November 17, 2006
A joint committee of the Texas House and Senate met recently to discuss eminent domain.
State Director Daniel Dierschke testified for Texas Farm Bureau, stating that current Texas eminent domain law does not provide property owners with adequate protections or compensation. Farm Bureau recognizes the power of eminent domain is needed for truly public works.
However, the current eminent domain procedure is heavily tilted in the condemning authority's favor, giving them an unfair advantage over property owners. Eminent domain is no longer being used as a last resort when parties cannot come to an agreement. Instead, it is being used as a club to purchase property at below market value.
Property owners lost a key protection when the Texas Supreme Court (Hubenak, 2004) decided that any initial offer made by condemning authorities would suffice. Before that decision, condemning authorities had to provide a good faith initial offering.
Property owners who receive an unfairly low initial offer now face a difficult choice. They can take the low offer because it is too expensive to fight their case in court. Or, they can fight for their right to receive fair market value for their property and be saddled with attorney's fees, expert witness fees, and court costs. Either way, property owners lose.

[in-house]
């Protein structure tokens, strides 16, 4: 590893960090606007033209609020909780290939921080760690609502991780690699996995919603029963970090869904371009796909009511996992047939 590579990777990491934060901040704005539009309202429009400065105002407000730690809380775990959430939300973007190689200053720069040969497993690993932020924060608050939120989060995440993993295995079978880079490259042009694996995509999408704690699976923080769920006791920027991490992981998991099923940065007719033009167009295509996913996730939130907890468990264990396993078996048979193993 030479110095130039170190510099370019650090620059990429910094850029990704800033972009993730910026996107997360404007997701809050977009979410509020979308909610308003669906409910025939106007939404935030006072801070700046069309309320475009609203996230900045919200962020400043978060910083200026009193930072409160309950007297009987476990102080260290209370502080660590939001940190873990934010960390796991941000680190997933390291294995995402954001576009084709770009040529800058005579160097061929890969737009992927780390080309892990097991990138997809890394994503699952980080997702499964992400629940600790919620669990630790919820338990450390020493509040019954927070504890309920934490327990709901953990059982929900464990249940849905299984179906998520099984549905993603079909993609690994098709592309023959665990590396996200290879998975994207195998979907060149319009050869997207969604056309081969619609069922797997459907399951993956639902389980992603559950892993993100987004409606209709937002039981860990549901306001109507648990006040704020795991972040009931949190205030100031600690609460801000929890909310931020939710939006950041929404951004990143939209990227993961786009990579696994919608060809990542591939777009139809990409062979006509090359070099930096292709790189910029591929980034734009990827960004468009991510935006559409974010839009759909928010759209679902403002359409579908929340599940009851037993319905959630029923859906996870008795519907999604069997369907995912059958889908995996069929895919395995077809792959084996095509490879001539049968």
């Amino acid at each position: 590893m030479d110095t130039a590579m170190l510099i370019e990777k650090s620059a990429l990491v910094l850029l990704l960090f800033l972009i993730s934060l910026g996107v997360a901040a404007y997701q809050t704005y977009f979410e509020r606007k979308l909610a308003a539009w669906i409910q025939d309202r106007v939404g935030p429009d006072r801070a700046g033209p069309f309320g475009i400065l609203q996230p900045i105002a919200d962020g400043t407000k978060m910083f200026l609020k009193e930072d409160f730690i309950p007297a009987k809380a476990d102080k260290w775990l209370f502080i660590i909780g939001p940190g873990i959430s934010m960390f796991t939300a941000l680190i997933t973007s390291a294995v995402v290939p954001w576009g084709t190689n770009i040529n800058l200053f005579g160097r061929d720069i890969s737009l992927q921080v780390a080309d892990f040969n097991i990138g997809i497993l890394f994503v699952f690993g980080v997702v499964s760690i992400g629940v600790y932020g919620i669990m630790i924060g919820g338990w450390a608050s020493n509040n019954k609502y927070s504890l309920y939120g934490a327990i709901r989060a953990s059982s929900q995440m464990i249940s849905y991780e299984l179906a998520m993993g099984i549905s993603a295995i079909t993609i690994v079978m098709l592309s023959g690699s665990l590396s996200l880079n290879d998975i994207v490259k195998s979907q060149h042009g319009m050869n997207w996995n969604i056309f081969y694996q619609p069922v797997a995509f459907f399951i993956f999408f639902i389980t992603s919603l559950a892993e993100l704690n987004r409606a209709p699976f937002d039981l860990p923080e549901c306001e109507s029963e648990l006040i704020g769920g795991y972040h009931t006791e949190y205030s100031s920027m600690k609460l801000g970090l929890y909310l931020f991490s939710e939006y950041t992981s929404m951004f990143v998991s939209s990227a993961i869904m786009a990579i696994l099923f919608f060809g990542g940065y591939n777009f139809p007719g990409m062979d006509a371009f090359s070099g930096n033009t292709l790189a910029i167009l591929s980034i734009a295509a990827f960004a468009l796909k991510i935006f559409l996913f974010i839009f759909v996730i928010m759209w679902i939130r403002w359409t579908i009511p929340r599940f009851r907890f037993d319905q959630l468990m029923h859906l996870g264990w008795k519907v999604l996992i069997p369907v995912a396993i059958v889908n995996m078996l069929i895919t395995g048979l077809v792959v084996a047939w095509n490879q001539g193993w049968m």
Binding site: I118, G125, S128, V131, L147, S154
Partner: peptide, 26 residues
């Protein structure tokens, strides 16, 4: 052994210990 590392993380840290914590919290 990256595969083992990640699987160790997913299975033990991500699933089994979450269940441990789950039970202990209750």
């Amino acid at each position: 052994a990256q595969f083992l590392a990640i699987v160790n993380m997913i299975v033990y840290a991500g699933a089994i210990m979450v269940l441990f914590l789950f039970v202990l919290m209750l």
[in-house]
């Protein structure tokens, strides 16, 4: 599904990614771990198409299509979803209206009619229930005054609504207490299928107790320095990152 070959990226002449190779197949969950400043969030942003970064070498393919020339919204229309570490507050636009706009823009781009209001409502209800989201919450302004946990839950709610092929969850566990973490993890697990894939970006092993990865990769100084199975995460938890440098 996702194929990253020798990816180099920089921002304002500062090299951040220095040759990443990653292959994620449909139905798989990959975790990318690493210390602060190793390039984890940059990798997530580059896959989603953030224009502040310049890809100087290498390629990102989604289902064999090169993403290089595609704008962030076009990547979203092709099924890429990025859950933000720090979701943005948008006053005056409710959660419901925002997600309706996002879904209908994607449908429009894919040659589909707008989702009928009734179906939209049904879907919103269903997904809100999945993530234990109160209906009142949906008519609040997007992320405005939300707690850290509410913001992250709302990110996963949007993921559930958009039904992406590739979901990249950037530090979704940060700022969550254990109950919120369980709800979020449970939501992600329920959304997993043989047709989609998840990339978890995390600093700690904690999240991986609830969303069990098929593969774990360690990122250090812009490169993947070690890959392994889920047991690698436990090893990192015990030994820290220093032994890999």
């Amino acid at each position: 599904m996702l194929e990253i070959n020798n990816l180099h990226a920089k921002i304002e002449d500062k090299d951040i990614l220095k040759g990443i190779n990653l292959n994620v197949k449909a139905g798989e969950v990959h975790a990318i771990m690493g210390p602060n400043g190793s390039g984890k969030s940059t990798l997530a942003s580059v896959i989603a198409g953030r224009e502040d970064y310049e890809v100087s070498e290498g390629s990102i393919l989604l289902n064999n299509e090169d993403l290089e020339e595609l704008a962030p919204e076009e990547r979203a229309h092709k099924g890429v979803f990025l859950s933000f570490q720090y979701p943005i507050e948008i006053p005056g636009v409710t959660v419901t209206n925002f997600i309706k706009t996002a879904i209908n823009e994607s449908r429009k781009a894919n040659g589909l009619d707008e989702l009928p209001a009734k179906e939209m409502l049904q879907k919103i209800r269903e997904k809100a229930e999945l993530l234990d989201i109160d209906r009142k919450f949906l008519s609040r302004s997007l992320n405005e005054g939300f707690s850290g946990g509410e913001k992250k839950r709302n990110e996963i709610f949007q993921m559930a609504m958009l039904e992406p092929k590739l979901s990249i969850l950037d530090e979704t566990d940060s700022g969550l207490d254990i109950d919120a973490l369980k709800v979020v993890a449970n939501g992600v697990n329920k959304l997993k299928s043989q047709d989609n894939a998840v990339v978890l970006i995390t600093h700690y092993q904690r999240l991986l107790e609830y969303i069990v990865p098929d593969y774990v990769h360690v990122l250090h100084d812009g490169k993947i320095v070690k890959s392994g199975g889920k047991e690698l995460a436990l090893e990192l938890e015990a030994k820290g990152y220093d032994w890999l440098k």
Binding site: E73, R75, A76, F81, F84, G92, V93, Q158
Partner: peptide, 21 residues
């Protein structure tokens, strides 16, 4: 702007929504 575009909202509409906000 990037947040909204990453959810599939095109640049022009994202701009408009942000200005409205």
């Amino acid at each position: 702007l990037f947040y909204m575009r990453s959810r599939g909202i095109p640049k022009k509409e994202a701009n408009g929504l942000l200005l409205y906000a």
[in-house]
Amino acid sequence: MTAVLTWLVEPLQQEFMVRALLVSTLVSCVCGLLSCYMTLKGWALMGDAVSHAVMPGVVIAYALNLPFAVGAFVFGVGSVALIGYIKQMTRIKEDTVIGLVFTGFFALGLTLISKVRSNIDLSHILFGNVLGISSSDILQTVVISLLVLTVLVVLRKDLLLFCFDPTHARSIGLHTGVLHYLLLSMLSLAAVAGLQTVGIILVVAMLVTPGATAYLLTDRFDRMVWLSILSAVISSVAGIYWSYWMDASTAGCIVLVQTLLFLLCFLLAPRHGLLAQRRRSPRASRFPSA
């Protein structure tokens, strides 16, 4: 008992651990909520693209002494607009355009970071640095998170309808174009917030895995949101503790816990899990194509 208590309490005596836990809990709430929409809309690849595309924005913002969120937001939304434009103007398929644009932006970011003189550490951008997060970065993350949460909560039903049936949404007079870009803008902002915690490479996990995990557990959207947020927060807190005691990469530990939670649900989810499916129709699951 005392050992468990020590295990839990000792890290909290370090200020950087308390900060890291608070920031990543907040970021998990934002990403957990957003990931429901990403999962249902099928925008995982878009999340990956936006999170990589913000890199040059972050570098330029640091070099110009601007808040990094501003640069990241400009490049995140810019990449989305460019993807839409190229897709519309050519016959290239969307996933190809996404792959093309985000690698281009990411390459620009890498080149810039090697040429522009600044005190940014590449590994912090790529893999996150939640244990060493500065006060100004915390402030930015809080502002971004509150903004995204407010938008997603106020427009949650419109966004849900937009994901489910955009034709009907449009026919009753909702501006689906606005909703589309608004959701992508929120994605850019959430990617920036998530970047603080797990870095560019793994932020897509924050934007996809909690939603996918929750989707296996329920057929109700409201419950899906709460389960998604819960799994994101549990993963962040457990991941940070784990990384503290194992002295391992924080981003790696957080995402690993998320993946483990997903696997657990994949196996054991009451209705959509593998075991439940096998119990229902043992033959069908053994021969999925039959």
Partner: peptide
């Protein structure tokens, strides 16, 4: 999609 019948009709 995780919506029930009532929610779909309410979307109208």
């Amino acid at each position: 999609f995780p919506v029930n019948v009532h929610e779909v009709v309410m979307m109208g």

Condemning entities should be required to make good faith initial offers and should pay for the property owners' attorney fees and court costs if they do not.
The Legislature should also make other changes to ensure property owners receive adequate compensation and are left in the same relative position as before the condemnation. Those changes would include appraising condemned property using replacement value, paying for relocation costs, and appraising their condemned land at its highest and best use. Property owners should also have an option to receive a periodic rent payment for revenue generating projects such as utilities or pipelines.
Texas Farm Bureau will be working hard on eminent domain issues, but we need your help. The perception of many in the legislature is that all of the problems associated with eminent domain were corrected with the passage of Senate Bill 7 in 2005. We need you to contact your legislator and let him know that the current eminent domain law still has serious problems that need to be fixed. If you have a story about how eminent domain has affected you personally, it is especially important that you send that story to your legislator so he knows how serious the problem still is.
Your personal story, combined with our lobbying efforts in Austin, will provide a one-two punch to convince legislators we need to change our current eminent domain laws.